Parenting is NOT an Olympic Sport

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Many of us live in a society where parenting has become competitive, almost like an Olympic sport. Competition starts early with “where is your child going to preschool?” As they get older, it becomes “how many activities do they do after school?”  “How many APs are they taking?  What was their ACT/SAT score?”  The answers to these questions have become reflective of our skills as parents, and lead many of us to feel we don’t measure up. If we feel that way, imagine how our kids feel and the intense pressure they are under!

It’s no wonder anxiety, depression and suicide attempts are all on the rise in teenagers, particularly those of higher socioeconomic status. That may seem counter-intuitive; doesn’t not having to worry about money, meals, and shelter automatically make kids less anxious or depressed?   The answer is no! Higher SES kids have other pressures placed upon them by (hopefully) well-meaning parents and schools. I suggest Madeline Levine’s The Price of Privilege if you’d like to read more about this phenomenon.

It’s time for all of us to take a look at our society and make necessary changes. Our kids’ mental health and future depends on it.

Here’s a few ideas of what we can do as parents:

Stop putting our kids on pedestals. We all (hopefully) believe our children are wonderful, beautiful, smart, etc, but no one is perfect, not even our child. We need to acknowledge imperfection in order to take the pressure off our kids, and be able to intervene if there is a problem area. One of the reasons teens give for not talking to their parents is that they don’t want to “disappoint” them, or “make them realize they’re not perfect.”

Stop trying to be our child’s best friend. We all want to be the “cool” parent, or have our teens tell us everything. The reality is there needs to be boundaries between parent and child, and it’s not appropriate for them to tell us everything. In fact, it’s somewhat creepy. While the fun parent with no rules seems cool to the other kids, the reality is their child often wishes for limits and separation. Part of knowing we are doing a good job as a parent is when our kids are angry at us. I see a lot of parents “not being parents” because of fear of disconnection, which then leads to a culture of disrespect.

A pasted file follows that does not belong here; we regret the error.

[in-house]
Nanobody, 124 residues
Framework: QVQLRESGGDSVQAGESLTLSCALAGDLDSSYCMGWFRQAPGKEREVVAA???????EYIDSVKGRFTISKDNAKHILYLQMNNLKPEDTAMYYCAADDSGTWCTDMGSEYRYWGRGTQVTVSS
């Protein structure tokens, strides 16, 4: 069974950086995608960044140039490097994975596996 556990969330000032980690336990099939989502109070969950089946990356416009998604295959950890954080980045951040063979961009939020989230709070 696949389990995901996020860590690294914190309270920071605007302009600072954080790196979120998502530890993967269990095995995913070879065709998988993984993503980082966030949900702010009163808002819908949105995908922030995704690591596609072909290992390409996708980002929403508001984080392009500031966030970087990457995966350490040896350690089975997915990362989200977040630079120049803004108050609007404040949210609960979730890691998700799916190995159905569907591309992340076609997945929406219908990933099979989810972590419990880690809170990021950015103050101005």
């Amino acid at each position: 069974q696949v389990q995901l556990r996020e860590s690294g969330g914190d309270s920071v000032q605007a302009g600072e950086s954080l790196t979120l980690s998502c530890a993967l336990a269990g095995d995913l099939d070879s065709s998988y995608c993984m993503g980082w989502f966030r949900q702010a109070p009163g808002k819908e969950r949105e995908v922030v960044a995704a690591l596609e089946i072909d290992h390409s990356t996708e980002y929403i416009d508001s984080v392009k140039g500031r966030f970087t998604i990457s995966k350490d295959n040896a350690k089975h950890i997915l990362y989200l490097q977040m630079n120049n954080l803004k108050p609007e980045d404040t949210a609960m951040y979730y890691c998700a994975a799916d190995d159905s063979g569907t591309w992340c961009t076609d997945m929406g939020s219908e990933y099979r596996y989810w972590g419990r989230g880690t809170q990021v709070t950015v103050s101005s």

Raise the child we have, not the one we wish we had.  I strongly believe we need to be cognizant of who our child is, and their realistic strengths and weaknesses. Not every child is going to be a straight A student or varsity athlete. This doesn’t mean we can’t push our kids, but we need to know when enough is enough.

Let our teens learn from their mistakes. This means not regularly bringing their homework or violins to school when they forgot them at home. Not doing homework or projects for them, or jumping in to fix every distressing situation. As hard as it is to see our kids suffer — I read a great quote recently, “as children, they sit on our laps, as teens, they sit on our hearts” — giving them support and confidence in their abilities to deal with the situation, rather than fixing it ourselves, is the greatest gift we can give our child. We all learn the most from situations in which we had to struggle and deal with natural consequences. This controversial picture went viral several months ago, and many schools have implemented this policy as a way to address this problem.

stop

Recognize and remember that CHARACTER counts. Character Counts is a program used in many schools. Most of us support and like our children learning these lessons, but we don’t always stress their importance to our children. The reality is that life is about WHO we are, and how we treat people. No one remembers the touchdown you threw to win the game, or the 5 you got on the AP test; they remember how you treated them. We all can think of brilliant, talented people who can’t keep a job because of their inability to get along with people. Teach your kids to be kind, and to work well with others.   The best way to teach this is to model it.

This list is by no means comprehensive.  Let me end by saying, I don’t believe that a “perfect parent” exists.  We all have stories behind our public persona, so let’s not judge one another or each other’s children.

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